Amazingly enough, today was my first time tasting a Novo roasted coffee brewed by traditional Ethiopian methods. For those of you who don’t know, coffee in Ethiopia is finely ground with mortar and pestle and then boiled in a traditional clay pot called a jabena. In the same way that the American coffee market has offered little to entertain the nose until recently, Ethiopians have had mostly the worst coffee stay in the country (coffee rejected for export is pumped into the local market) and this coffee is roasted fast and is heavily scorched on traditional clay pans. So traditional jabena brews normally taste very similar – dark and bitter (often laden with defect undertones that can be sensed from the relatively underdone compounds in the center of the seeds).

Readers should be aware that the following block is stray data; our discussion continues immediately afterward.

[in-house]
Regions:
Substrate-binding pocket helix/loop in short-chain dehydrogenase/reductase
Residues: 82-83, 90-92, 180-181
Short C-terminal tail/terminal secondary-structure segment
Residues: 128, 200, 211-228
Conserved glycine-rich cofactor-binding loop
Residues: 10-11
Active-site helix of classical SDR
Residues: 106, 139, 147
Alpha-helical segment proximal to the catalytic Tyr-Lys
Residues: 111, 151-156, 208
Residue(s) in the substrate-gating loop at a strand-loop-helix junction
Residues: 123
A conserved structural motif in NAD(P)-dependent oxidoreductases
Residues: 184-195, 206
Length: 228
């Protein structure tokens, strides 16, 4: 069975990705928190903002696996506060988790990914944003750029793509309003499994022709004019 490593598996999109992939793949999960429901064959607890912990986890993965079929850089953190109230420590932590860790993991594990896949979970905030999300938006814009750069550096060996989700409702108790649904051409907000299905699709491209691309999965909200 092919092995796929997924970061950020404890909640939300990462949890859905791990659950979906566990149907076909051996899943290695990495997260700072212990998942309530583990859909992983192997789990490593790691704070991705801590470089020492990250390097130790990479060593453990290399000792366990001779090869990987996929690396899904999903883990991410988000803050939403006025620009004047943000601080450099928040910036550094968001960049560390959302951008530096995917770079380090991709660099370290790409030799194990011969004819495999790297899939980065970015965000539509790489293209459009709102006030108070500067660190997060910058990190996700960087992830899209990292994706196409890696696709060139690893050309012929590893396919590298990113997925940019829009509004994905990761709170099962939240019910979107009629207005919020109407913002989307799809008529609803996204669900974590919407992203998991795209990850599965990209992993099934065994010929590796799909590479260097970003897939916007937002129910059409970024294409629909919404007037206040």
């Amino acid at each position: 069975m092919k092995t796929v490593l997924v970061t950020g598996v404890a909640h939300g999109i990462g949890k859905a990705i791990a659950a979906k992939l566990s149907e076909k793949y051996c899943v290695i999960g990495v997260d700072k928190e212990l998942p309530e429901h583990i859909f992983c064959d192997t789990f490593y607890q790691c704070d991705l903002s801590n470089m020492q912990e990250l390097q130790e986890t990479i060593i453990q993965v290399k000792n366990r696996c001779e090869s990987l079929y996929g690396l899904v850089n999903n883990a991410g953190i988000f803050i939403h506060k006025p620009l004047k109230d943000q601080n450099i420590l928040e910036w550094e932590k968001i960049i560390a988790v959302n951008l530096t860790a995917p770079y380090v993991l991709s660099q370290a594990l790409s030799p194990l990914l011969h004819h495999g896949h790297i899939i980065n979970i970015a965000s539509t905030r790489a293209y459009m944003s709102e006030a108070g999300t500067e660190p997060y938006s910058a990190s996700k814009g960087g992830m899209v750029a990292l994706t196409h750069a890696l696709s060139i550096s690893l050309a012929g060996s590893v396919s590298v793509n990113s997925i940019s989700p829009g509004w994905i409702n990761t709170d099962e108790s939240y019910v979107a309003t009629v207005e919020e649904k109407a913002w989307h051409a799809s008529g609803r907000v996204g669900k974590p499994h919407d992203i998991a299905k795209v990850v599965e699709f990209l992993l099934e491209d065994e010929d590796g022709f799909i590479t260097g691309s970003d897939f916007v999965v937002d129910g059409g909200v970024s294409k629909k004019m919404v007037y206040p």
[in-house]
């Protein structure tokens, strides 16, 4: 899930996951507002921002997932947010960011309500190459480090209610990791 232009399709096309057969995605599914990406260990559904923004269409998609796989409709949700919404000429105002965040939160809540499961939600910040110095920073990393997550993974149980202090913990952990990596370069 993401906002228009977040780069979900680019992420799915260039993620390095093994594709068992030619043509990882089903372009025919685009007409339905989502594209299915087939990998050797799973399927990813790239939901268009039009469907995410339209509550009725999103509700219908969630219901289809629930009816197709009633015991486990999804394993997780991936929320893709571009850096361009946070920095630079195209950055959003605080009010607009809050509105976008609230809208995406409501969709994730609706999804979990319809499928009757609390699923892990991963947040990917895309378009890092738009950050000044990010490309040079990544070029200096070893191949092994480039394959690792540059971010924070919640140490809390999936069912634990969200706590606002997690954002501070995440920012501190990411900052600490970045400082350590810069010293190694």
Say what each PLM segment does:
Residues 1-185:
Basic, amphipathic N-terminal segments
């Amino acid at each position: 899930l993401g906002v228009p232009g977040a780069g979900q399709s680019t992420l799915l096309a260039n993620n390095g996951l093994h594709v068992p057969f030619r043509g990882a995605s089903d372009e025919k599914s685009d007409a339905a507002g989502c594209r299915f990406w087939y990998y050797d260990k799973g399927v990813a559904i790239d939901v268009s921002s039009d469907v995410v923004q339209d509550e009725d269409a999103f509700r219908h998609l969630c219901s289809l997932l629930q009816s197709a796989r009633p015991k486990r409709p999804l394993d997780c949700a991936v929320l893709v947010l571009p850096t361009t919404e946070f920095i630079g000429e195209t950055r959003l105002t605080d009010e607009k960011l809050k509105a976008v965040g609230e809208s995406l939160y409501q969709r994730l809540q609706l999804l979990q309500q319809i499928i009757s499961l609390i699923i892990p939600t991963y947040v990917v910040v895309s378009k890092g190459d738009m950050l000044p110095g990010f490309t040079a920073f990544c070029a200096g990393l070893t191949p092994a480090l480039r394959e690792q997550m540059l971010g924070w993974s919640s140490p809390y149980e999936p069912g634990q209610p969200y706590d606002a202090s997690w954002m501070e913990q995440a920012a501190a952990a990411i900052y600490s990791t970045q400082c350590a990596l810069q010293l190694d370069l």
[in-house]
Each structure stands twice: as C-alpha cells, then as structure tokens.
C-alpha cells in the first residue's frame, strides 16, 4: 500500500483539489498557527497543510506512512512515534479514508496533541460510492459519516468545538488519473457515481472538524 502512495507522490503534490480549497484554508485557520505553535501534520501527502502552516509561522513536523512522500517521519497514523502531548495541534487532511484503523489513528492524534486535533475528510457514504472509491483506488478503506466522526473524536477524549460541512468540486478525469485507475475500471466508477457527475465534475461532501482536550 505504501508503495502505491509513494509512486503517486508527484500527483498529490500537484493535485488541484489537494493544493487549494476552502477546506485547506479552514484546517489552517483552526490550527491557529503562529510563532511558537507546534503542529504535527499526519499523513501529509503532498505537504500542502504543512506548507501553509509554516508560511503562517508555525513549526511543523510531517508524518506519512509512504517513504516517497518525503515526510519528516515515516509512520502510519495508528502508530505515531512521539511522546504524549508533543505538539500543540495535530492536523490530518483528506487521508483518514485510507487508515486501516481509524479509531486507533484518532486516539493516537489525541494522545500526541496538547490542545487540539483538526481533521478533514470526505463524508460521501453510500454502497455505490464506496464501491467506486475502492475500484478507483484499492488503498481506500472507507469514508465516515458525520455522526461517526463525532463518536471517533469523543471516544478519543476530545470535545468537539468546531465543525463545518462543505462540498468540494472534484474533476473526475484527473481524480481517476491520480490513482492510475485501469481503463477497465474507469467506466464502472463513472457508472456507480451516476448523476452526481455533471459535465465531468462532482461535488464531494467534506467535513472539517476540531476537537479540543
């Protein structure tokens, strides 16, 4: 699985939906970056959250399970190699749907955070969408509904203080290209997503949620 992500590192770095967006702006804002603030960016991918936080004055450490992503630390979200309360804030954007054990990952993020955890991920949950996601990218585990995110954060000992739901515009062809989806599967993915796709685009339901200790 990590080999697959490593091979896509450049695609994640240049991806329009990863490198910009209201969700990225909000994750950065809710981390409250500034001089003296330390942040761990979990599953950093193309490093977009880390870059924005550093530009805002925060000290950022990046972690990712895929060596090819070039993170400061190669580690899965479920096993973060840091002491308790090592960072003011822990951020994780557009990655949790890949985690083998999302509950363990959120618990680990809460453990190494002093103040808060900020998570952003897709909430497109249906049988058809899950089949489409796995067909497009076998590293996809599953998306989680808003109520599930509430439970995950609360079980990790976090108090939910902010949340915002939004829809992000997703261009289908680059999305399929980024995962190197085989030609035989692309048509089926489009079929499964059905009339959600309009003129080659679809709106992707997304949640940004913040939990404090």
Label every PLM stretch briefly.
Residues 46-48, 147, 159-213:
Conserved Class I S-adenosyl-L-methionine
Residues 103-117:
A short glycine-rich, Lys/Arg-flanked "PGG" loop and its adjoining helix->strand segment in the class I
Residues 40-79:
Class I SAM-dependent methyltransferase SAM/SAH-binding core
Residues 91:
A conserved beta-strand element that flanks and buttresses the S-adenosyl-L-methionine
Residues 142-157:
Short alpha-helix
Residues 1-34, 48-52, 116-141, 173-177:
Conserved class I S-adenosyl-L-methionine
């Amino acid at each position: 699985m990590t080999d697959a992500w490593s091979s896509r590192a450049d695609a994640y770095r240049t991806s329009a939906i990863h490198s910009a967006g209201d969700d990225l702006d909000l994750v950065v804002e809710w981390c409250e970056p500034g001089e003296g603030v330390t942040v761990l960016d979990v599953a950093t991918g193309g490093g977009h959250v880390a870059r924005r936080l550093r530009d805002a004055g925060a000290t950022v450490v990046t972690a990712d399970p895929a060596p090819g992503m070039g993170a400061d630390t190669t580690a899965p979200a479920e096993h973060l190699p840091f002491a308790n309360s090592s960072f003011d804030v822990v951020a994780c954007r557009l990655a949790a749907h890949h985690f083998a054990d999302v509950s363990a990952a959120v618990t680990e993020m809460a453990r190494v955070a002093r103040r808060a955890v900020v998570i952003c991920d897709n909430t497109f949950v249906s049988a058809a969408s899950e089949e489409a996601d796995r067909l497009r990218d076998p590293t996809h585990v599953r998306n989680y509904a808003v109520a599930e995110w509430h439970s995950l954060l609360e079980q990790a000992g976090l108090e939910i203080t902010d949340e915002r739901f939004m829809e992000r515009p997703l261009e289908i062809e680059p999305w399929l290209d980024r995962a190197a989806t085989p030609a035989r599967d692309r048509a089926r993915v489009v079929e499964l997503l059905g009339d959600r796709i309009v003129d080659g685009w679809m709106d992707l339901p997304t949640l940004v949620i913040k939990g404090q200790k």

I had really expected that the boiling would kill flavor and aroma – but I have to share with you the opposite outcome: The Hache smelled and tasted complex and incredible with its characteristic vitamin E capsule-like oily mouthfeel with great, slight berry fruit intermingled with sweet grass. Even the coffee’s flaws came out – on cooling, one could sense the age of the coffee and the slight quakery elements due to a few unripe cherries on initial harvest.
I’m floored. The body was heavier than a press, the acidity was juicy, and there was high aromatic intensity – although deeper, like the aromatics in a reduction sauce.